About this Research Topic
Epilepsy, a chronic neurological disorder, is not only common, but is also burdensome both for the affected individuals and for society. First diagnosis triggers costs in regards to diagnostic procedures, inpatient admission and patient’s loss of income. Patients may experience social stigma, have restricted employment opportunities and suffer impairment to the quality of life of both themselves and their caregivers. Subsequently, indirect and intangible costs result as early as the first seizure or the first diagnosis occurs. In the long-term, people with epilepsy are at higher risk for comorbidities, injuries and premature death.
Studies regarding the burden of illness (BOI) look into the manifold consequences of the disease and provide valuable information for patients, caregivers, physicians and other stakeholders in the health system on how to improve patients’ lives and overall outcome from the societal perspective.
For most patients, treatment with anticonvulsants will be necessary over a long period, and – despite optimal medical treatment – up to 30% of patients will remain refractory and continue to suffer from seizures. Due to the increased burden of illness associated with a refractory course of epilepsy, such patients require sound evaluations of their clinical and socioeconomic outcome. In addition, uncontrolled seizures are often accompanied with an increased risk of psychiatric comorbidities, such as depression and anxiety disorders, and an increase in morbidity, such as falls and injuries as direct consequence of seizures, as well as an increased overall mortality from accidents, status epilepticus and SUDEP.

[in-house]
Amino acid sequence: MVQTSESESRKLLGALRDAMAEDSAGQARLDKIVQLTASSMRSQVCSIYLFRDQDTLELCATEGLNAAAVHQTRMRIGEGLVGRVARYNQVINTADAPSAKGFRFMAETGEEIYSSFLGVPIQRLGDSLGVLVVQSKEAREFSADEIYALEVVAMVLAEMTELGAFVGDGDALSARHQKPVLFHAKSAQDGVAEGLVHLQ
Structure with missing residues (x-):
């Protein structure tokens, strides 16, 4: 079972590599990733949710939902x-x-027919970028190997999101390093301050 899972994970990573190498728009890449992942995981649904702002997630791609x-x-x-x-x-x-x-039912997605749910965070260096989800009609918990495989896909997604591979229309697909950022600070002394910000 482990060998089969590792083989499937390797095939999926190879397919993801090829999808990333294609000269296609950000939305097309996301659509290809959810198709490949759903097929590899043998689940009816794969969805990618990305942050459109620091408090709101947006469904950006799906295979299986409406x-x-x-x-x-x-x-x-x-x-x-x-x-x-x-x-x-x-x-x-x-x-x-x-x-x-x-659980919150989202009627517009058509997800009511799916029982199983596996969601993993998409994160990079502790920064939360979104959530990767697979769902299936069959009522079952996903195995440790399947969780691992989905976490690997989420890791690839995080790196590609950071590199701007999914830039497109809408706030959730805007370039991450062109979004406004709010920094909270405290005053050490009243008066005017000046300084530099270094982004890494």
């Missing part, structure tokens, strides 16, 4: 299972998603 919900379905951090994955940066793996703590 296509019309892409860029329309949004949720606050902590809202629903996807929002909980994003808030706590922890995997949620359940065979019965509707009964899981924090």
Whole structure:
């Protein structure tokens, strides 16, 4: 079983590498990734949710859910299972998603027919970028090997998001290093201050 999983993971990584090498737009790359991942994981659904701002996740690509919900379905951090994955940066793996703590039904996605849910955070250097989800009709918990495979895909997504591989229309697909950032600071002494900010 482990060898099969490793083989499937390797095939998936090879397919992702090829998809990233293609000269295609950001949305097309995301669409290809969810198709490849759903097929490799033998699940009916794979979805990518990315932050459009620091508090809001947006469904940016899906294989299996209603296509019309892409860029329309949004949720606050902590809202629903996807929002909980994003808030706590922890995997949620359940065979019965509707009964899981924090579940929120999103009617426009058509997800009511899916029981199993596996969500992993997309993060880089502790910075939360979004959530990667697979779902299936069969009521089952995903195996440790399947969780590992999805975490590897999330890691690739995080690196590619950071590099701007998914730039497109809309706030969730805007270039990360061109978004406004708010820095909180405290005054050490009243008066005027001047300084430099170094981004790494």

The increasing identification of genetic causes for epilepsy and delineation of the associated phenotypic spectrum is beginning to inform prognosis and treatment. However, there is a lack of adequate studies to allow estimations for the need of precision medicine. Therefore, comprehensive studies on seizure frequency, seizure severity, cognitive improvement or side effects, and quality of life in patients and their caregivers in combination with a thorough phenotyping will be necessary to provide the basis for evaluation and modelling of the impact of new therapies. Only with such available information cost-efficacy of personalized therapy may be shown in the future. This remains particularly important as the introduction of newer antiepileptic drugs, the use of generic medication, the marketing of brain stimulation devices, epilepsy surgery and the breakthrough of newer treatment options may cause a shift in the distribution of cost components resulting in an increase or decrease of total costs. However, costs should not be considered out of context, but must be related to treatment success and increase in quality of life.
Keywords: quality of life, genetics, outcome research, personalized medicine, status epilepticus
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